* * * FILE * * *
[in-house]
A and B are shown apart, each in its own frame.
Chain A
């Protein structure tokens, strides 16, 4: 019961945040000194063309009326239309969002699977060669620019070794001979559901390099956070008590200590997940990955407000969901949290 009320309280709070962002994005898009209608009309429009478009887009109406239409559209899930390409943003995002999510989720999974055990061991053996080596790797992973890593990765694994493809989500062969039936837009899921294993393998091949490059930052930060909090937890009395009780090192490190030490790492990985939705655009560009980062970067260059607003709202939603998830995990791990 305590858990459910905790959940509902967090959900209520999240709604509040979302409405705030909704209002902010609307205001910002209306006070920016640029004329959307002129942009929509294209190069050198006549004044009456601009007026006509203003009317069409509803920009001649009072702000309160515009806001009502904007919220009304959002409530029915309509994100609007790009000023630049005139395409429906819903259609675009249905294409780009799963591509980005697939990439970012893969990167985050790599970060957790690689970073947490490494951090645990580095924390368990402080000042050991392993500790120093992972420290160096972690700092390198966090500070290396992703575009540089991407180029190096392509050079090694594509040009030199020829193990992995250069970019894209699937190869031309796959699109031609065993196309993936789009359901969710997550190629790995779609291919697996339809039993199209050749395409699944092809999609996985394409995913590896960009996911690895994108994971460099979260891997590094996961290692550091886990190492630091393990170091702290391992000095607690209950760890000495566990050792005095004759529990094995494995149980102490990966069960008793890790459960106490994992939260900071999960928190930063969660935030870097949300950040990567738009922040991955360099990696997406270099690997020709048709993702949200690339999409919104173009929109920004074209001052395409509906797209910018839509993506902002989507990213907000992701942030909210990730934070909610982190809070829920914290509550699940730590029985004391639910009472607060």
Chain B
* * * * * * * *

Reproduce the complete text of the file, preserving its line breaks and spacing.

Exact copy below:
[in-house]
A and B are shown apart, each in its own frame.
Chain A
């Protein structure tokens, strides 16, 4: 019961945040000194063309009326239309969002699977060669620019070794001979559901390099956070008590200590997940990955407000969901949290 009320309280709070962002994005898009209608009309429009478009887009109406239409559209899930390409943003995002999510989720999974055990061991053996080596790797992973890593990765694994493809989500062969039936837009899921294993393998091949490059930052930060909090937890009395009780090192490190030490790492990985939705655009560009980062970067260059607003709202939603998830995990791990 305590858990459910905790959940509902967090959900209520999240709604509040979302409405705030909704209002902010609307205001910002209306006070920016640029004329959307002129942009929509294209190069050198006549004044009456601009007026006509203003009317069409509803920009001649009072702000309160515009806001009502904007919220009304959002409530029915309509994100609007790009000023630049005139395409429906819903259609675009249905294409780009799963591509980005697939990439970012893969990167985050790599970060957790690689970073947490490494951090645990580095924390368990402080000042050991392993500790120093992972420290160096972690700092390198966090500070290396992703575009540089991407180029190096392509050079090694594509040009030199020829193990992995250069970019894209699937190869031309796959699109031609065993196309993936789009359901969710997550190629790995779609291919697996339809039993199209050749395409699944092809999609996985394409995913590896960009996911690895994108994971460099979260891997590094996961290692550091886990190492630091393990170091702290391992000095607690209950760890000495566990050792005095004759529990094995494995149980102490990966069960008793890790459960106490994992939260900071999960928190930063969660935030870097949300950040990567738009922040991955360099990696997406270099690997020709048709993702949200690339999409919104173009929109920004074209001052395409509906797209910018839509993506902002989507990213907000992701942030909210990730934070909610982190809070829920914290509550699940730590029985004391639910009472607060």
Chain B